Confident in the vitality of the Black Metropolis of Chicago, entrepreneur Anthony Overton commissioned his second building in this commercial district for the offices of the Chicago Bee, an African American newspaper he founded in 1926. Ironically enough, soon after the completion of the three-story office and apartment building in 1931, Overton was forced to consolidate his assets and move out of his first building, the Overton Hygienic Building. His cosmetics firm shared occupancy in the Chicago Bee Building after the Great Depression collapsed his Douglass National Bank.
Designed by Z. Erol Smith, the Chicago Bee Building is the only building in the area representative of the Art Deco architectural style and features a richly detailed facade executed entirely in terra cotta. The ground floors are finished in two shades of green with intricately incised ornamentation.
The Chicago Bee Building remains mostly unaltered. In the early 1980s, the city of Chicago purchased the building and currently operates it as a branch of the Chicago Public Library.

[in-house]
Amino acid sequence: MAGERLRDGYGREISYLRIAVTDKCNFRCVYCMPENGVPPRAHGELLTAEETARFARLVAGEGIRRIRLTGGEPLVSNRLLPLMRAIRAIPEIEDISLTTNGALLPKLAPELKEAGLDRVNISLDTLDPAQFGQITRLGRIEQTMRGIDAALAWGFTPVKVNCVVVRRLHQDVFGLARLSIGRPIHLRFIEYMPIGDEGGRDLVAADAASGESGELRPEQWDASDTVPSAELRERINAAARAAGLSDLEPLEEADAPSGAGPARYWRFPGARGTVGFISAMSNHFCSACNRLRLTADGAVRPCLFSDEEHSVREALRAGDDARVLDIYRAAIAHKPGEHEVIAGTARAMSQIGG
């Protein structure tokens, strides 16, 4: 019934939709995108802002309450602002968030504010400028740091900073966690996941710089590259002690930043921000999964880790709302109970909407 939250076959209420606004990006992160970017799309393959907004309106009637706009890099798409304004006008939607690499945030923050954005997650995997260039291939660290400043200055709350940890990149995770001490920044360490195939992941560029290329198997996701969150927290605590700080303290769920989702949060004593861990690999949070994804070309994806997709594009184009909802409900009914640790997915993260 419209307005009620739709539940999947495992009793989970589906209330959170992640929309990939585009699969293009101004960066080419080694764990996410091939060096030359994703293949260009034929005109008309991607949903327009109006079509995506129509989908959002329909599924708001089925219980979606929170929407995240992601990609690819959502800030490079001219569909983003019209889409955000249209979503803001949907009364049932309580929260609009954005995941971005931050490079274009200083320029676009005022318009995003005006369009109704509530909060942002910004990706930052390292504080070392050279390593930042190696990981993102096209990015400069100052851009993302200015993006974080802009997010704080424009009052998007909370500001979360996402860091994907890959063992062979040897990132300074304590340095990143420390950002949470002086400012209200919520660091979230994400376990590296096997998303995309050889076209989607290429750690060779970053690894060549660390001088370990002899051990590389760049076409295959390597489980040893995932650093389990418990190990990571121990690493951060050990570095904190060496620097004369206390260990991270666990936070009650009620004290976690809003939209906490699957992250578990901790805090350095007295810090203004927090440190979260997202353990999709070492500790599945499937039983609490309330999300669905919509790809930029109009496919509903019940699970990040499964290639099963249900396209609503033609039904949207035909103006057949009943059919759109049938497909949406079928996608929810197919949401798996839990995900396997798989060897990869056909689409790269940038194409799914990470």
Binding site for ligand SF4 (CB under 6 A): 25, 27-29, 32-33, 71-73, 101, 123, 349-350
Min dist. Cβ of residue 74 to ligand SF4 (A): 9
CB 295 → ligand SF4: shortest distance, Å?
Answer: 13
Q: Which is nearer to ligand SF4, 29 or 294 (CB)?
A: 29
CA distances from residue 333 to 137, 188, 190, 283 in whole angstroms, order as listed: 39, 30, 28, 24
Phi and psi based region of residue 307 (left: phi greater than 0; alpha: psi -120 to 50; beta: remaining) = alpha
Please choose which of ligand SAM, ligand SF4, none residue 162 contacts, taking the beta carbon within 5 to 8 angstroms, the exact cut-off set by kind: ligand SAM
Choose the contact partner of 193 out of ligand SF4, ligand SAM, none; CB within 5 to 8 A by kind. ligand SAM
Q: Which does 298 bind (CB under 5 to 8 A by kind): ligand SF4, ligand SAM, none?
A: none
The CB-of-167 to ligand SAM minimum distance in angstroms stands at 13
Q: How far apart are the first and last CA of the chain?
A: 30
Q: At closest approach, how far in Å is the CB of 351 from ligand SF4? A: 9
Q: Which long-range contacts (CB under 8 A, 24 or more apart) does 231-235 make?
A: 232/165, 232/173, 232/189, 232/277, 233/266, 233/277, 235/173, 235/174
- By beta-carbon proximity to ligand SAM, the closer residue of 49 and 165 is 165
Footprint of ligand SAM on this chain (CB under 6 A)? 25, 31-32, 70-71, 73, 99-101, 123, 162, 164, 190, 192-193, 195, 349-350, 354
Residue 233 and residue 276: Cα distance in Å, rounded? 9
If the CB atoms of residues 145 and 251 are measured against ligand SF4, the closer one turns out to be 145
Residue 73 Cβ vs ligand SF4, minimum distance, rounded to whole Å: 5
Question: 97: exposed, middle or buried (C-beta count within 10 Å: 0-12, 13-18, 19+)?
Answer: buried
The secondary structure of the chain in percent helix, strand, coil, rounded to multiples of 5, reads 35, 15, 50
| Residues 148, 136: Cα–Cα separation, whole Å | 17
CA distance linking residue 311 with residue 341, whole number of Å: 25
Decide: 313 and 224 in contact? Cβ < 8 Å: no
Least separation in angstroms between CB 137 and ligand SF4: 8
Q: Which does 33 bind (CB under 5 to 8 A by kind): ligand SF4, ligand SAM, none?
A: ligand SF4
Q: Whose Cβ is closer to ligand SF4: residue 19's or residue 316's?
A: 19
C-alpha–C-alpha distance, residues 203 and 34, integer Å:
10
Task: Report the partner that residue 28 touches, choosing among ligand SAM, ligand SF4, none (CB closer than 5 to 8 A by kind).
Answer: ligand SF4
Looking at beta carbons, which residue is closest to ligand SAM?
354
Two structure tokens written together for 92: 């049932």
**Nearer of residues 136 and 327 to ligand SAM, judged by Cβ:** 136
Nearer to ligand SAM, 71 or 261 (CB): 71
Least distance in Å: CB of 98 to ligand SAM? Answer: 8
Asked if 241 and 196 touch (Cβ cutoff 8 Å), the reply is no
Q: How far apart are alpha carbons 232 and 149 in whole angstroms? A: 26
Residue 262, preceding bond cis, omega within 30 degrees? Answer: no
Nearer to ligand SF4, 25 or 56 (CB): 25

The Chicago Bee Building, a branch of the Chicago Public Library, is located at 3647-3655 S. State St. and is open to the public Monday-Thursday 9:00am to 8:00pm; Friday and Saturday 9:00am to 5:00pm; closed Sunday. Call 312-747-6872 for further information.
The Chicago Bee Building, part of Chicago's Black Metropolis, is the subject of an online-lesson plan produced by Teaching with Historic Places, a National Register program that offers classroom-ready lesson plans on properties listed in the National Register. To learn more, visit the Teaching with Historic Places home page.
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